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The Ultimate Guide to Lighting Your Desk

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Are you wanting to improve the look of your work area and feel the lights are your next step? Proper lighting has a huge impact on productivity, but for some reason, most of us know very little of its properties or how to control it in a practical environment. We aim to fix that.

How Much Light Do You Need?

Knowing (or figuring out) the amount of light needed for your work space can be complicated and unique to your situation. We’re going to make it as simple as possible here in order to make it clear and easy to discern if you have enough light. That way, we can move onto the fun stuff, making your desk as visually appealing as possible!

 

Why You Probably Need a Desk Lamp

If you’re doing anything in addition to using the computer at your desk, you probably need a desk lamp. But let's back up for second.

There are two ambient light sources you have to keep in mind when it comes to your unique desk situation: the windows and the room lights. If you’re ever working late hours, or anywhere that has clouds, the windows in your room must be accounted for (but can’t be depended on). For this reason, we’ll discuss the room lights first.

The location of your desk and the room lights are the main determinant in whether or not you need a desk lamp. Most desks are set up against a wall to conserve space, but this can cause you to cast a shadow over your work area. If this is your situation, investing in a desk lamp is the simplest, surest way of ensuring this doesn’t negatively impact your productivity.

If all your work is done on the computer, you might not need a desk lamp. The back lights in your screen should be plenty bright enough to see no matter the brightness of the room. If you’re having trouble, check to see if you can change the brightness settings of your computer screens to match the light in your work space.

But what about window light? If you design your office setup right, window light can be a great aid in both giving you the right amount of light and improving your overall aesthetic. A lot of people love to put their desks in front of a window, which can solve the previously mentioned problem of the shadow over your desk.

 

 

Another great option is to keep window light to your side, which avoids any tall items on your desk, such as a VIVO dual monitor stand, from giving you the same shadow problem as before.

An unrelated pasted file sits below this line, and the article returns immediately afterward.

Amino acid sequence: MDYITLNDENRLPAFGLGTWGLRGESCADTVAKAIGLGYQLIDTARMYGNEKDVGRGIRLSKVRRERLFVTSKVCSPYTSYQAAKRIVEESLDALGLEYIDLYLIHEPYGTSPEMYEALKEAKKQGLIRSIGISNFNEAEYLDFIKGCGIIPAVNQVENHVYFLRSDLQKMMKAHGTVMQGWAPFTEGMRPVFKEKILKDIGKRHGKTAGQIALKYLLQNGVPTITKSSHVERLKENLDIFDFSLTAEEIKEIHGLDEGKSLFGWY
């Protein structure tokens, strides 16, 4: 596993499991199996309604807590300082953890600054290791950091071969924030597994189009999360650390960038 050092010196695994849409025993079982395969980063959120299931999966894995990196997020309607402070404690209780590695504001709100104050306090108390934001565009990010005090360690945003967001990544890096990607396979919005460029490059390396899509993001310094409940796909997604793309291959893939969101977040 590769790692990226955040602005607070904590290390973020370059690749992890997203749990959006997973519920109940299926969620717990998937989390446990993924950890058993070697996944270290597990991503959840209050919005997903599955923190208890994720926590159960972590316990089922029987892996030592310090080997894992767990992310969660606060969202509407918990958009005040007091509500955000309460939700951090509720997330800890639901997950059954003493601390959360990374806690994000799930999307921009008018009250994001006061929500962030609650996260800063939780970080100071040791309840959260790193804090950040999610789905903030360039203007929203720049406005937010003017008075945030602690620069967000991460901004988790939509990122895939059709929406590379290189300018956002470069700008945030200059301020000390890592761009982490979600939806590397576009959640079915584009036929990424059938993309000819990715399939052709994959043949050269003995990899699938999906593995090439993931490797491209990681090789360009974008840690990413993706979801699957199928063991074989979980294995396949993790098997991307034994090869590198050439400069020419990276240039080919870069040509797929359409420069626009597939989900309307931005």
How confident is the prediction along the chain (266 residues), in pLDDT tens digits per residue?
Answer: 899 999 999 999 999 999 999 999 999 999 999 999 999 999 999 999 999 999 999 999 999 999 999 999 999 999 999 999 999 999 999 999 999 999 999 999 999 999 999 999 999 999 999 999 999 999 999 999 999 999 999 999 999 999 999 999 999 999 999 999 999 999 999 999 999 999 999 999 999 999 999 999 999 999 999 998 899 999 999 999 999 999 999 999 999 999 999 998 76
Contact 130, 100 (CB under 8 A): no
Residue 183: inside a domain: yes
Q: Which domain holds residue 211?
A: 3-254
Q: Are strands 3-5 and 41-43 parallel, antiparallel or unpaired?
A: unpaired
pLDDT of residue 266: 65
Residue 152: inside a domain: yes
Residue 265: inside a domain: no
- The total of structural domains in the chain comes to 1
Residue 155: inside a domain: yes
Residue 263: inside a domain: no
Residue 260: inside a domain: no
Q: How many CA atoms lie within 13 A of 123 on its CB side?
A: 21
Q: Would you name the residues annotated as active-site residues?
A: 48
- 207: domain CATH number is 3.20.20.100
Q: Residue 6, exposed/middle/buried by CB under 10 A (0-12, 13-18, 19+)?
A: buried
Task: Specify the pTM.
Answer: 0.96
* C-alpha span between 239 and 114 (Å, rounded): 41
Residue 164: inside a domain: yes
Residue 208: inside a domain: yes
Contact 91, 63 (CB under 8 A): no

With any sort of window light, it’s important not to depend too heavily on it, or you’ll be one rainy day away from a work day full of eye strain. Even when window light is helping, it’s a good idea to have a desk lamp around for cloudy days, or when you’re working past sunset.

Now that we have all the practical stuff out of the way, and you’re all set up with your new desk lamp, we get to do the fun part: Using light to make your desk look great!

Light for Visual Appeal

Deliberately using light is only a small part of making your desk setup look amazing, but it’s a fundamental and often overlooked aspect. In this section, we’ll be addressing how to account for existing light, how to shape the light in your area, how to keep track of and control the quality of light, and what to do when it comes to light colors and temperatures.

Accounting for Existing Light

Once again, the first thing you have to do is take into account the existing light in your work space. This is your baseline and what you have to work from. Much like in the previous section, the main two sources you’ll have to keep track of is window light and the ceiling light in your room.

If you can control the placement of your desk in the room, you can control how the lights affect the look of your work space. But often, lighting is the last thing to consider  when it comes to setting up a work space, and in these cases you’ll want to determine how these ambient light sources are affecting your area so that you can best shape the light using supplemental light sources.

Shaping the Light

The most important thing to remember when adding lights to your work space is what the eye is attracted to. The eye naturally gravitates towards areas of higher contrast.